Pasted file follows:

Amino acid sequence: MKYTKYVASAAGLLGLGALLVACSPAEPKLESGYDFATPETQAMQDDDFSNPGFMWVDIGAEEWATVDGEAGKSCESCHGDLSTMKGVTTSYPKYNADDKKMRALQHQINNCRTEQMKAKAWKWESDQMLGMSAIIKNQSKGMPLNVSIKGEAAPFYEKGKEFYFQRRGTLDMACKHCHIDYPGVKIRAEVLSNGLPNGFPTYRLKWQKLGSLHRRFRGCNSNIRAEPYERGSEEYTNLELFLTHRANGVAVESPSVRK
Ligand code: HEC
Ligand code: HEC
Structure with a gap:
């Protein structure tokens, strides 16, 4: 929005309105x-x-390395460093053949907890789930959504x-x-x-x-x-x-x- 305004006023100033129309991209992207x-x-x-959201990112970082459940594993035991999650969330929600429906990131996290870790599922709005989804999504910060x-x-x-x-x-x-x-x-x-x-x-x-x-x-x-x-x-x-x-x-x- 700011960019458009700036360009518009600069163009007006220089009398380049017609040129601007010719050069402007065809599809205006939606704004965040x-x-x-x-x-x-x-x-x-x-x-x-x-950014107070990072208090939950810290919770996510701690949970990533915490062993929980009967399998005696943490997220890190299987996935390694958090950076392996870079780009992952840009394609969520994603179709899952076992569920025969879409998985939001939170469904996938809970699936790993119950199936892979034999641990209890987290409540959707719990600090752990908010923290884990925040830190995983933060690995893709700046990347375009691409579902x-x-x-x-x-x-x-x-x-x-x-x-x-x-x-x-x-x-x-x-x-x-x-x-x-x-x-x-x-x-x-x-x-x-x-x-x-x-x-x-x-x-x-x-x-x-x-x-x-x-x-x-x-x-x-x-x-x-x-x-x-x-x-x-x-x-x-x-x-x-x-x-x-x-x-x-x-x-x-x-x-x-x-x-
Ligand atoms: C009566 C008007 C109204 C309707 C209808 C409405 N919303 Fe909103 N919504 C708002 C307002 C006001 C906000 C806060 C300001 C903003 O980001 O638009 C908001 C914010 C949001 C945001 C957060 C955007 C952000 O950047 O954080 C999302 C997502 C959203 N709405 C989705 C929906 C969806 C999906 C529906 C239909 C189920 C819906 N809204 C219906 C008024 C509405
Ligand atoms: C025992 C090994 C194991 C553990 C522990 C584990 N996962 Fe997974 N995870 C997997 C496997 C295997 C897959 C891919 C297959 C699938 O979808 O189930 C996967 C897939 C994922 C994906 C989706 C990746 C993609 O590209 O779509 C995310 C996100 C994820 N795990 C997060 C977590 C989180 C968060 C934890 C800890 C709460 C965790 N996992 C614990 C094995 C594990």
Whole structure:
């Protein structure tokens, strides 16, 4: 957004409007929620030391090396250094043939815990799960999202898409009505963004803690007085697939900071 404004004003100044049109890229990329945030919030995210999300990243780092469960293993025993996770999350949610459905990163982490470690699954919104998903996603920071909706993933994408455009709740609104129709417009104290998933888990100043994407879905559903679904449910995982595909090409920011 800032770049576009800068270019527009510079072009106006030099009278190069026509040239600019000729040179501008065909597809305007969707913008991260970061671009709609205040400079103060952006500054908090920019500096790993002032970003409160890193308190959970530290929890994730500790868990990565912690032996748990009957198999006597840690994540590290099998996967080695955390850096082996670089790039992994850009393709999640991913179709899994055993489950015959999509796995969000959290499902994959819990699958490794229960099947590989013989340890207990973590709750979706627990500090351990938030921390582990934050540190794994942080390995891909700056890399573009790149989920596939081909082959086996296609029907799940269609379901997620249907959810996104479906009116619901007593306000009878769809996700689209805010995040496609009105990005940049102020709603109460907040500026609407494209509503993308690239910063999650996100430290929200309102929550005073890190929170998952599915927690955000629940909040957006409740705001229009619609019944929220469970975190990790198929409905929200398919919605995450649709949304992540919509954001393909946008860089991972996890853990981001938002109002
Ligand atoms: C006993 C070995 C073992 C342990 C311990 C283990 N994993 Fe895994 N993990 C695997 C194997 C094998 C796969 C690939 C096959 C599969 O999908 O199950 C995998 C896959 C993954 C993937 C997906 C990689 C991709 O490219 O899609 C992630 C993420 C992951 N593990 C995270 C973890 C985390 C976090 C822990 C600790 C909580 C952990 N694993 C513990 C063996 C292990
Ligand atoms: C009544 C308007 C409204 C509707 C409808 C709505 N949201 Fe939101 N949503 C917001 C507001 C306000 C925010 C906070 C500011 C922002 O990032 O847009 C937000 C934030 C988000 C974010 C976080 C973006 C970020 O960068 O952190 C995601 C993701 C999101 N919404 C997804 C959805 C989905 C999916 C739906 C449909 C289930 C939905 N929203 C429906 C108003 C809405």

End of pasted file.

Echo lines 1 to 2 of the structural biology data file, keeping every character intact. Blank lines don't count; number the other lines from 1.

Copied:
Amino acid sequence: MKYTKYVASAAGLLGLGALLVACSPAEPKLESGYDFATPETQAMQDDDFSNPGFMWVDIGAEEWATVDGEAGKSCESCHGDLSTMKGVTTSYPKYNADDKKMRALQHQINNCRTEQMKAKAWKWESDQMLGMSAIIKNQSKGMPLNVSIKGEAAPFYEKGKEFYFQRRGTLDMACKHCHIDYPGVKIRAEVLSNGLPNGFPTYRLKWQKLGSLHRRFRGCNSNIRAEPYERGSEEYTNLELFLTHRANGVAVESPSVRK
Ligand code: HEC